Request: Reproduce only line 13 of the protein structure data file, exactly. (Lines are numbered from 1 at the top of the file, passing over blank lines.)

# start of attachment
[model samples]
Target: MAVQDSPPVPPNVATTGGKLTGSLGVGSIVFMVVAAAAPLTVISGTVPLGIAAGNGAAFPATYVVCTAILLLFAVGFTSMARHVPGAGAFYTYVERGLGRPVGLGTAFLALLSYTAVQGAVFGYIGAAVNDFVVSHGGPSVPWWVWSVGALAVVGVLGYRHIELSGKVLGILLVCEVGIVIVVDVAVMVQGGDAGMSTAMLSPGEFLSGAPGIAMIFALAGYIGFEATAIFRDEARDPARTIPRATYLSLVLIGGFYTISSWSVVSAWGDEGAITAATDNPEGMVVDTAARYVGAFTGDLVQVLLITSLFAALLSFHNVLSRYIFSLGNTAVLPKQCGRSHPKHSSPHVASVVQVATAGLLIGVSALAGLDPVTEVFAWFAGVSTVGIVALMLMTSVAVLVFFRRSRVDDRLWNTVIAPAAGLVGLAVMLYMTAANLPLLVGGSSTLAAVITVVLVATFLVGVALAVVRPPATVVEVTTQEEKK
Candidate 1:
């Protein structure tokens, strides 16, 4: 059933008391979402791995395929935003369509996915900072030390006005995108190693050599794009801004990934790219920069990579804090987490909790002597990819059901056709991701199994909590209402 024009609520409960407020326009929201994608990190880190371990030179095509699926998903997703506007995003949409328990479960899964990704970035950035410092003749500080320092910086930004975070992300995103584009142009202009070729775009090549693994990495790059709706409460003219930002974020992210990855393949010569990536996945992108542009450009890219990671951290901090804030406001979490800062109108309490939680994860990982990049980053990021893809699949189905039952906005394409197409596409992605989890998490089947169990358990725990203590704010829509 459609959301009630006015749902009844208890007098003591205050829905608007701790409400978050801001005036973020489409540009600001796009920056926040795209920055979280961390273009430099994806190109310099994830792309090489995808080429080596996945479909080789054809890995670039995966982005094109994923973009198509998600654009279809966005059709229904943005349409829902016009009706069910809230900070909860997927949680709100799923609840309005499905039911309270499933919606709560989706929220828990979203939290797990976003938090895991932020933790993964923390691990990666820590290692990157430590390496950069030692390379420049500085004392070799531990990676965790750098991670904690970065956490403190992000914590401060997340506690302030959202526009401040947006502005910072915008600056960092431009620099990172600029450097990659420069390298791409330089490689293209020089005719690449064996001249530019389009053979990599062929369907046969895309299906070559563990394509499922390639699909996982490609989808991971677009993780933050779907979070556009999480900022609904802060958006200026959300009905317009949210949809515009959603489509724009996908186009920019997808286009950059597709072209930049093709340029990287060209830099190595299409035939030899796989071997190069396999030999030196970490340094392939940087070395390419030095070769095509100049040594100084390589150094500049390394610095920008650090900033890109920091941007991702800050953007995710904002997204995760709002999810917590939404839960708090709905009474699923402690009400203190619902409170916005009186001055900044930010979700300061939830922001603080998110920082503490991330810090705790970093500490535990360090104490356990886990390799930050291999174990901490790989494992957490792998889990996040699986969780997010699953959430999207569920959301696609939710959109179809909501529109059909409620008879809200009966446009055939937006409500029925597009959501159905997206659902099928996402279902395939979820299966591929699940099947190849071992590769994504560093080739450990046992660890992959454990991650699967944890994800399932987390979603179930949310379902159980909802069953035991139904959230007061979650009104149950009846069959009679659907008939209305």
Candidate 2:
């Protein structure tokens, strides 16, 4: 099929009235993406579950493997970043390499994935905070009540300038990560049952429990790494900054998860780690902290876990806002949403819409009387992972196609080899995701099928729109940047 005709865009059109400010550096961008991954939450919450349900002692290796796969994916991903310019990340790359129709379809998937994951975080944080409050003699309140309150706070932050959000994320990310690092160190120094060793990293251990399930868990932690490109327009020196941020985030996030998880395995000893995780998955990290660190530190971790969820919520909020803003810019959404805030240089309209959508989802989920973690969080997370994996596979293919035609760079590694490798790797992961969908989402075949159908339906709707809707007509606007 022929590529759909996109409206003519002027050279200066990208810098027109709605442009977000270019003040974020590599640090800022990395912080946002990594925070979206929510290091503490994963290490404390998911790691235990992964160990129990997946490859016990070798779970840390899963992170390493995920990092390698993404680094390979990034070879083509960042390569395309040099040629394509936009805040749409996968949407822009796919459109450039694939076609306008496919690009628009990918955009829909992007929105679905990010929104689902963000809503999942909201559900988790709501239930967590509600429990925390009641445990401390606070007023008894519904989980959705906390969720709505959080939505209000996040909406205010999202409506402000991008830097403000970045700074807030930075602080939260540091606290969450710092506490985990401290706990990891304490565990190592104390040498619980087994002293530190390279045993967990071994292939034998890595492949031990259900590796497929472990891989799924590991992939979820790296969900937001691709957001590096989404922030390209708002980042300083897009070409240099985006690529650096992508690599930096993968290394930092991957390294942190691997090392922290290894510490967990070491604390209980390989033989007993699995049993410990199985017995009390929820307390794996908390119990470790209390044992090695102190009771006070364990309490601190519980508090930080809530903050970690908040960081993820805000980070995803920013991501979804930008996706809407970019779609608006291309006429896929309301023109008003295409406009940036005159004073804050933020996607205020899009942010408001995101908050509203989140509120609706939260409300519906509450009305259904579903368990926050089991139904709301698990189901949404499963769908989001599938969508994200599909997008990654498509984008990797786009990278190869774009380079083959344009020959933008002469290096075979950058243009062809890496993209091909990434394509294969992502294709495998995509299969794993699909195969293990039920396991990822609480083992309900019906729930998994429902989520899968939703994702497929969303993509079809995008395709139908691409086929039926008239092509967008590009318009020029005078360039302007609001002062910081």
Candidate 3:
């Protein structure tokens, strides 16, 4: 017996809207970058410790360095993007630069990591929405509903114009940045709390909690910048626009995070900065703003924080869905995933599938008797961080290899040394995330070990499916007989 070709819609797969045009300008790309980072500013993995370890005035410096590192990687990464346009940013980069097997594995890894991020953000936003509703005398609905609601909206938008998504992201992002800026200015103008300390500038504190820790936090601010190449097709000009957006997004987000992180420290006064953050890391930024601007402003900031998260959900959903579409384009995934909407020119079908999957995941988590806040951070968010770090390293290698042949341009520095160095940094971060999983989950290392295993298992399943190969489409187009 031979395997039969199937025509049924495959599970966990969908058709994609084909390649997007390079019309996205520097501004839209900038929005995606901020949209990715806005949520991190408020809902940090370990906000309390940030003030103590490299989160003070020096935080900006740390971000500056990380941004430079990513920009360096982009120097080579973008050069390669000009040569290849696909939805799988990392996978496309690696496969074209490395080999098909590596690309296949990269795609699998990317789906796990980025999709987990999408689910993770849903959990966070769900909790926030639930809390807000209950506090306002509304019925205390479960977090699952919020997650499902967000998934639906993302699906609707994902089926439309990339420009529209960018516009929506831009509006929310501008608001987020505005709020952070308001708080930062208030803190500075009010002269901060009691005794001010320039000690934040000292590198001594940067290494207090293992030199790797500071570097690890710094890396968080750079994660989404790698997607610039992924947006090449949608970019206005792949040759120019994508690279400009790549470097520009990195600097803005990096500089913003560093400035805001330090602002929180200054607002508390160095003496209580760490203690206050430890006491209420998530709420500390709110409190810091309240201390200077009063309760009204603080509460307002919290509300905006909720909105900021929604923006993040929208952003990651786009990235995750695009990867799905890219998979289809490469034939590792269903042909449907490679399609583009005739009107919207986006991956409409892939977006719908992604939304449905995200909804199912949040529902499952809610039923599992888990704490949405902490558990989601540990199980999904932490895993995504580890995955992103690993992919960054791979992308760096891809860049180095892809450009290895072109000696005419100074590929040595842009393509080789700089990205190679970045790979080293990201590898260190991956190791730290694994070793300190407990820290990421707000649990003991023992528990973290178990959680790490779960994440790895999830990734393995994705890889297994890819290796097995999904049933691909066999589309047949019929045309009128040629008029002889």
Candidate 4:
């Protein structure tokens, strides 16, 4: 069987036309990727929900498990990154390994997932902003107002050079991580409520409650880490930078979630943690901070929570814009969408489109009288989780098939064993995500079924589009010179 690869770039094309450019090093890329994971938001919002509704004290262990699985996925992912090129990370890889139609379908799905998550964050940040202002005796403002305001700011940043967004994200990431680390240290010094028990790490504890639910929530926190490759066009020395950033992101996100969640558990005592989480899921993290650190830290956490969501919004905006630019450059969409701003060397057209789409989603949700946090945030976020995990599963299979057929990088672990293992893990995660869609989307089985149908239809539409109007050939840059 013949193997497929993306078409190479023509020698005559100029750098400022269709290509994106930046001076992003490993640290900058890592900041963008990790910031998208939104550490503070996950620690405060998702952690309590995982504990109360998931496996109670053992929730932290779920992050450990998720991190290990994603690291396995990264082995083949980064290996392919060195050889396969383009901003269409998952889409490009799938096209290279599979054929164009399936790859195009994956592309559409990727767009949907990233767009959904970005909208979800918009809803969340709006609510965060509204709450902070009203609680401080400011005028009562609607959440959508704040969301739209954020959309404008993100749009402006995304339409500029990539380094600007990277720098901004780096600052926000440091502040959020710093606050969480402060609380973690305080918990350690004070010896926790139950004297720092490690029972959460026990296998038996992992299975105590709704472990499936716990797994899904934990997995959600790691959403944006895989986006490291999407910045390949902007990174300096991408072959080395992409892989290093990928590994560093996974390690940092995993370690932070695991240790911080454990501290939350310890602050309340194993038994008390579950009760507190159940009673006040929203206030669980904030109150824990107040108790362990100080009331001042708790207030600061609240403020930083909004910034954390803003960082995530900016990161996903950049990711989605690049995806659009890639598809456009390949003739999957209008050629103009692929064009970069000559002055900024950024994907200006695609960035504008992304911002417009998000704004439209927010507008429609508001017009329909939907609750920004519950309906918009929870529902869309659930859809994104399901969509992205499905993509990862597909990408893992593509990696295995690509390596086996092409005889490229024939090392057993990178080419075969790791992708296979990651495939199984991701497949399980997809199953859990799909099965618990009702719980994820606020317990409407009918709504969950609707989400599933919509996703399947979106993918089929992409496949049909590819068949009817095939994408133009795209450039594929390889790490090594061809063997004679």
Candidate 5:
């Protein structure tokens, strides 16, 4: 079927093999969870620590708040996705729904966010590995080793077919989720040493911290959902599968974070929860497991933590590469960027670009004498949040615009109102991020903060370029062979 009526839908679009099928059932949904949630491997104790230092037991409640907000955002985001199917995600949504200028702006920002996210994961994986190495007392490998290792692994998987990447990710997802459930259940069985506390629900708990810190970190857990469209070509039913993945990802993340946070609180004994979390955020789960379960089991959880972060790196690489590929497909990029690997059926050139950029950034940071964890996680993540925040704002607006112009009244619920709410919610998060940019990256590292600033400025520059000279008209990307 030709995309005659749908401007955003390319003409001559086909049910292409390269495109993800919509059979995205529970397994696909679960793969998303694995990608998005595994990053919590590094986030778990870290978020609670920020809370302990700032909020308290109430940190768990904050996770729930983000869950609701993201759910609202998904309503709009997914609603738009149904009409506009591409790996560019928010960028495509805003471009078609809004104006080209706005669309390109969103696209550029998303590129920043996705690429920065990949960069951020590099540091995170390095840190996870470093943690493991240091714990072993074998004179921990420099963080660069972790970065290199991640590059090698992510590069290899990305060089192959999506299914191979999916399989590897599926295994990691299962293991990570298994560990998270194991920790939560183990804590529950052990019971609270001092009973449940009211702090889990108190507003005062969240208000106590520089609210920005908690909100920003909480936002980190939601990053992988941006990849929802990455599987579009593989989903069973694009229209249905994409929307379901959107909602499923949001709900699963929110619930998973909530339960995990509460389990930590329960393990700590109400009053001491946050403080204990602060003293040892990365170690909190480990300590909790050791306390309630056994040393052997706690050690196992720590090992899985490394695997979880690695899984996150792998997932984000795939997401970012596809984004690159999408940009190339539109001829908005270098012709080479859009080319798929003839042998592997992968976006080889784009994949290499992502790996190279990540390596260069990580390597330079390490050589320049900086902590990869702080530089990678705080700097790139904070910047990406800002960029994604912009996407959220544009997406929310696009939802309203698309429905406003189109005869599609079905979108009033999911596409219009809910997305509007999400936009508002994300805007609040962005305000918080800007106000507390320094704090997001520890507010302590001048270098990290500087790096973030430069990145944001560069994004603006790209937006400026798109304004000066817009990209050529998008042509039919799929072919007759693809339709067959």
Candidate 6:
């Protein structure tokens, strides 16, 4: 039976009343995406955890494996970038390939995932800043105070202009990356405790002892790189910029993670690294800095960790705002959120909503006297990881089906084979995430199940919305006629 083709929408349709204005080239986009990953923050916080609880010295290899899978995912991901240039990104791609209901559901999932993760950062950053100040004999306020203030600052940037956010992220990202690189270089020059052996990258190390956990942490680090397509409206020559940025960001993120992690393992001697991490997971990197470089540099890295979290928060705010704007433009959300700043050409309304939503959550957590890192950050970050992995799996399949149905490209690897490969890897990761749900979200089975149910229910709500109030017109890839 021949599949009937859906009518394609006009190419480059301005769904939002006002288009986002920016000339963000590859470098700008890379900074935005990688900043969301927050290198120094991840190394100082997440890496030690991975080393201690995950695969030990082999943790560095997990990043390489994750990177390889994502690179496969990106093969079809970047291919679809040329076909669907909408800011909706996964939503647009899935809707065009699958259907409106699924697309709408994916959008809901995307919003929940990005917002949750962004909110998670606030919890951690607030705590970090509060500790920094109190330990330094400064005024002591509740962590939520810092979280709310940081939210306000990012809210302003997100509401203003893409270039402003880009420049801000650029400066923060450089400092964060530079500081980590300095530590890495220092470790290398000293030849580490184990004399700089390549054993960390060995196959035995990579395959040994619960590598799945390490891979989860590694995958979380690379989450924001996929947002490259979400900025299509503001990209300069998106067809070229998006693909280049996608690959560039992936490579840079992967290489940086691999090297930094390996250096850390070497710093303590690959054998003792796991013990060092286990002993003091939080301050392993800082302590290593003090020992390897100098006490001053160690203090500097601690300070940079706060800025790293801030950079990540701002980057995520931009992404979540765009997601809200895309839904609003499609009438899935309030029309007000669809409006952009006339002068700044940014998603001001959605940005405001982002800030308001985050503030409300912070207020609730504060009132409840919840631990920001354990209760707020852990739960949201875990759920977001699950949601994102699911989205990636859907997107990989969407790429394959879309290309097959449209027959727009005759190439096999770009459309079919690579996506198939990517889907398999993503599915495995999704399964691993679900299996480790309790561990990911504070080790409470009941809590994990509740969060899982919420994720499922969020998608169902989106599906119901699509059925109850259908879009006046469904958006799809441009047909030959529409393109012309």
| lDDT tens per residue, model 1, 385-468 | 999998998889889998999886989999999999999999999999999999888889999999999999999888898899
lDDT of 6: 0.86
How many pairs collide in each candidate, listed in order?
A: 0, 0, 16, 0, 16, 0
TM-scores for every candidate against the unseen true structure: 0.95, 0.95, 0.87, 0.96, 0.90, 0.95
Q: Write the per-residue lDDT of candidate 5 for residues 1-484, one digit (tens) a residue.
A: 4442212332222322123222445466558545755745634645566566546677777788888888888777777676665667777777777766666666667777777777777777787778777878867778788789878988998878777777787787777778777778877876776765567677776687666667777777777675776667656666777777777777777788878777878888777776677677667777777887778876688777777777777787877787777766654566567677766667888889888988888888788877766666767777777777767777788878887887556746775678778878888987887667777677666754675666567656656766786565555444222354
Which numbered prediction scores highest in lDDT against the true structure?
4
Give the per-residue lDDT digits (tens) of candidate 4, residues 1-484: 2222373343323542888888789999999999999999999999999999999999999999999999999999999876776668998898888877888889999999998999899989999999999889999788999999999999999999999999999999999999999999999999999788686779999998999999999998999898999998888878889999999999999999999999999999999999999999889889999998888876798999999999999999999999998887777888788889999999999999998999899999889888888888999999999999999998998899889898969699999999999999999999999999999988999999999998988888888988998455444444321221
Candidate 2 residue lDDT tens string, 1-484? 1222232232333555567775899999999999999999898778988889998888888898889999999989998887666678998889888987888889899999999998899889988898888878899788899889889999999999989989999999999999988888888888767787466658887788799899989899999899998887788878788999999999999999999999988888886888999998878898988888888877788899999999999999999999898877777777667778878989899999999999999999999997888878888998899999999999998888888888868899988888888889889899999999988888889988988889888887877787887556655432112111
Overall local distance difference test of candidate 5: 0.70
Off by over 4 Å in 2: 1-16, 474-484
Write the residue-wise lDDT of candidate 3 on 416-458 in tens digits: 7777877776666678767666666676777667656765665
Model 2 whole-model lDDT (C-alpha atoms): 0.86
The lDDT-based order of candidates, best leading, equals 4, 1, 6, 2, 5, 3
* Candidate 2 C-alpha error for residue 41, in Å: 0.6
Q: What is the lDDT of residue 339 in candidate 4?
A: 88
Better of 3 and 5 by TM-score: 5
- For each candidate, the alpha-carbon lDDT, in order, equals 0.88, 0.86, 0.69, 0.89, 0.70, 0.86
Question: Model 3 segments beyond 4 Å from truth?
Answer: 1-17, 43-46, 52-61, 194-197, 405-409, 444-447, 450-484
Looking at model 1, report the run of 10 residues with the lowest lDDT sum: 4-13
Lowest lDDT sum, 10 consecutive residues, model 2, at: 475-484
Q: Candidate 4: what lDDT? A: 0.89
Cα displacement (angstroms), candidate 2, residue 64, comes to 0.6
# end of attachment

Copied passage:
Candidate 6: